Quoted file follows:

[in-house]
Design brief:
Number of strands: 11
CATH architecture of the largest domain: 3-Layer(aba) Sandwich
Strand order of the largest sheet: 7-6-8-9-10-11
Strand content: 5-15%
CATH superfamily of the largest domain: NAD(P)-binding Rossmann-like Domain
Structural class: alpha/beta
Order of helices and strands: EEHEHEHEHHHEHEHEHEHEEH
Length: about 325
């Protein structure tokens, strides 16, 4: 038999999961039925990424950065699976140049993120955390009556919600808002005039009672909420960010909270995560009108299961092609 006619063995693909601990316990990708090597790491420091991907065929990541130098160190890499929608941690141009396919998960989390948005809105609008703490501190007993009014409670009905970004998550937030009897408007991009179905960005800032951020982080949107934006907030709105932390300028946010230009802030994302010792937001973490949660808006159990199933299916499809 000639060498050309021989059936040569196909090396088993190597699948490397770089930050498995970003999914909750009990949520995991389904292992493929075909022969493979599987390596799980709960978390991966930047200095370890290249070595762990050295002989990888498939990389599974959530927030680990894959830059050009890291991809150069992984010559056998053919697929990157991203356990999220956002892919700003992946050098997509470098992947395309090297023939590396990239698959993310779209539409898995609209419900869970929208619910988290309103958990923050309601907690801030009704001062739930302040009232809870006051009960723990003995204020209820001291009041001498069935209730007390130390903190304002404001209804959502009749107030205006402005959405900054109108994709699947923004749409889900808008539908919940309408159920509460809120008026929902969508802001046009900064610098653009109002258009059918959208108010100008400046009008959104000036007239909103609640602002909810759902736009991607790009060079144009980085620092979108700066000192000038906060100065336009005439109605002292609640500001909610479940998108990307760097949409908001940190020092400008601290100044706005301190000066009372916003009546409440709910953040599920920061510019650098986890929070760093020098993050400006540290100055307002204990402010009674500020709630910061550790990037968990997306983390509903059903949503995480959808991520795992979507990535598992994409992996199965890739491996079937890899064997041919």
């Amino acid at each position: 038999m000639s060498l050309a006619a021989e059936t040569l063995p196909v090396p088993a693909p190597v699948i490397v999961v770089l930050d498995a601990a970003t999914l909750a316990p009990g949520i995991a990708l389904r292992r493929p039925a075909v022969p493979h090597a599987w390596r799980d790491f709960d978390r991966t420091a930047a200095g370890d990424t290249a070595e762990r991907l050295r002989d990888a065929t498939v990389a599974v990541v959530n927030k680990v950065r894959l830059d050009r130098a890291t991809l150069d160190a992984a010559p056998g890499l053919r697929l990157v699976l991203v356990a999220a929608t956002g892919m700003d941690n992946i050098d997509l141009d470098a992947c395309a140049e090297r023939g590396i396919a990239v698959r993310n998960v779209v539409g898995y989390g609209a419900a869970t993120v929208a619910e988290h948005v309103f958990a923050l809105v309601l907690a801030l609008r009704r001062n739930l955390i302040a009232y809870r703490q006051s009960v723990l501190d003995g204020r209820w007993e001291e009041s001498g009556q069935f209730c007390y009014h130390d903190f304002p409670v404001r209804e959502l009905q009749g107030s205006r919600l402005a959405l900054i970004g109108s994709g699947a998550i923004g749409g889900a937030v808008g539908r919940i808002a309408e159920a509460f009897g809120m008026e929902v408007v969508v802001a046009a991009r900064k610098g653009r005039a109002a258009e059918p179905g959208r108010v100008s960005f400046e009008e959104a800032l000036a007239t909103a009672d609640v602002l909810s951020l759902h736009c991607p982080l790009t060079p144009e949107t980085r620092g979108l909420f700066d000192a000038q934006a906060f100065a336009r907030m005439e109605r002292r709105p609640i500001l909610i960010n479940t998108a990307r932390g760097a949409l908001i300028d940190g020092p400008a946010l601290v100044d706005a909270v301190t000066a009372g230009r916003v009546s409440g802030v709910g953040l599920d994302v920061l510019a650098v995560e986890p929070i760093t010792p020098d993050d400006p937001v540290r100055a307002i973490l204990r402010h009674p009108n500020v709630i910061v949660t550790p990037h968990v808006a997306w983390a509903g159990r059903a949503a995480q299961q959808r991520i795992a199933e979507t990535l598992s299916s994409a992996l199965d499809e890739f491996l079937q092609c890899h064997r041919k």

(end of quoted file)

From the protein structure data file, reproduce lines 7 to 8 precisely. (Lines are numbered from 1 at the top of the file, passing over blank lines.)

CATH superfamily of the largest domain: NAD(P)-binding Rossmann-like Domain
Structural class: alpha/beta